Find out what happened recently on your Windows PC

Martin Brinkmann
Mar 21, 2016
Updated • Mar 22, 2016

If you want to find out what happened recently on your Windows PC, say which programs or files were opened or saved, or which USB devices were connected to it, then you can either dig deep into the Windows Registry and Event log, or use specialized software which makes the process more comfortable.

Nirsoft created several programs in the past that assist you in finding out more about the various actions and events on a machine running Windows.

This guide looks at six programs by Nirsoft that you can use for that purpose. All programs are portable and compatible with all recent versions of Windows including Windows 10.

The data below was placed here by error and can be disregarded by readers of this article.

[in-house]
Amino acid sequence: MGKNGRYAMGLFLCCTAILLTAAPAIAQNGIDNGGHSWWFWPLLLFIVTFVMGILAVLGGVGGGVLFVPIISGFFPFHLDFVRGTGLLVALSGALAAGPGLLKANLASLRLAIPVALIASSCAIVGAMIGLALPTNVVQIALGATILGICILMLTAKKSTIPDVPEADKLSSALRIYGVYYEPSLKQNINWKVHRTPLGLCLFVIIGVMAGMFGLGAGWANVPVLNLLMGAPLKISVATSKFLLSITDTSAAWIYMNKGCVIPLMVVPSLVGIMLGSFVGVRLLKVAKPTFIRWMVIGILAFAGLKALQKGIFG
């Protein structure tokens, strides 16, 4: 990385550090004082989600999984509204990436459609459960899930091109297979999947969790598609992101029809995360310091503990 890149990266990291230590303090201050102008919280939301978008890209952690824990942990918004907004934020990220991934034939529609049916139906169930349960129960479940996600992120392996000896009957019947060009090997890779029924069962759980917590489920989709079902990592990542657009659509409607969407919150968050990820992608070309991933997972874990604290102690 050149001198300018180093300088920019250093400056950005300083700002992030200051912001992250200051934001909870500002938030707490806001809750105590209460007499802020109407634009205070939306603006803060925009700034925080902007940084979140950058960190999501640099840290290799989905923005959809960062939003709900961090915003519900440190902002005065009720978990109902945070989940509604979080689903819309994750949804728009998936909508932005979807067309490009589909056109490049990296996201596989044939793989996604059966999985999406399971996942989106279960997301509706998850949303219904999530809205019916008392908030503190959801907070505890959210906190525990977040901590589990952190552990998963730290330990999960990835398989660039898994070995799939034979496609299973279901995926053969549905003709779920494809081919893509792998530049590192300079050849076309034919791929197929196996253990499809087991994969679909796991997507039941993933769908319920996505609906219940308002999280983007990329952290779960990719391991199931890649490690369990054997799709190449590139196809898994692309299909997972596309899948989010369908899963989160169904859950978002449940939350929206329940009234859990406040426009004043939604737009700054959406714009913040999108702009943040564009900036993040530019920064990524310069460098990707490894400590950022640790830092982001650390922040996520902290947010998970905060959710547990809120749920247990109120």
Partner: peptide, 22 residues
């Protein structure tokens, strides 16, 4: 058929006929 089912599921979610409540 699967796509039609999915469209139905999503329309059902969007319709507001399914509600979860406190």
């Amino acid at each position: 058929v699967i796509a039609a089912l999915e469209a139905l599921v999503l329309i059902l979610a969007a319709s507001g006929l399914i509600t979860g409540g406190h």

The programs

  1. ExecutedProgramsList - The application lists executable files opened in the past under the user account.
  2. LastActivityView - Lists events and activities on the system such as program executions, file and folder activity or software installations.
  3. OpenSaveFilesView - The program lists all open and save actions of the user account it is run under.
  4. TurnedOnTimesView - The software analyzes the Windows event log for power state changes and lists them in its interface.
  5. USBDeview - The program lists all connected as well as previously connected USB devices.
  6. WiFiHistoryView - The application


executed programs list

ExecutedProgramsList displays executable files that were opened in the past on the computer system. It displays file names and paths, last modification and creations dates, and the last time they were executed on the machine.

A click on a header sorts the data accordingly, for instance by execution date or by path.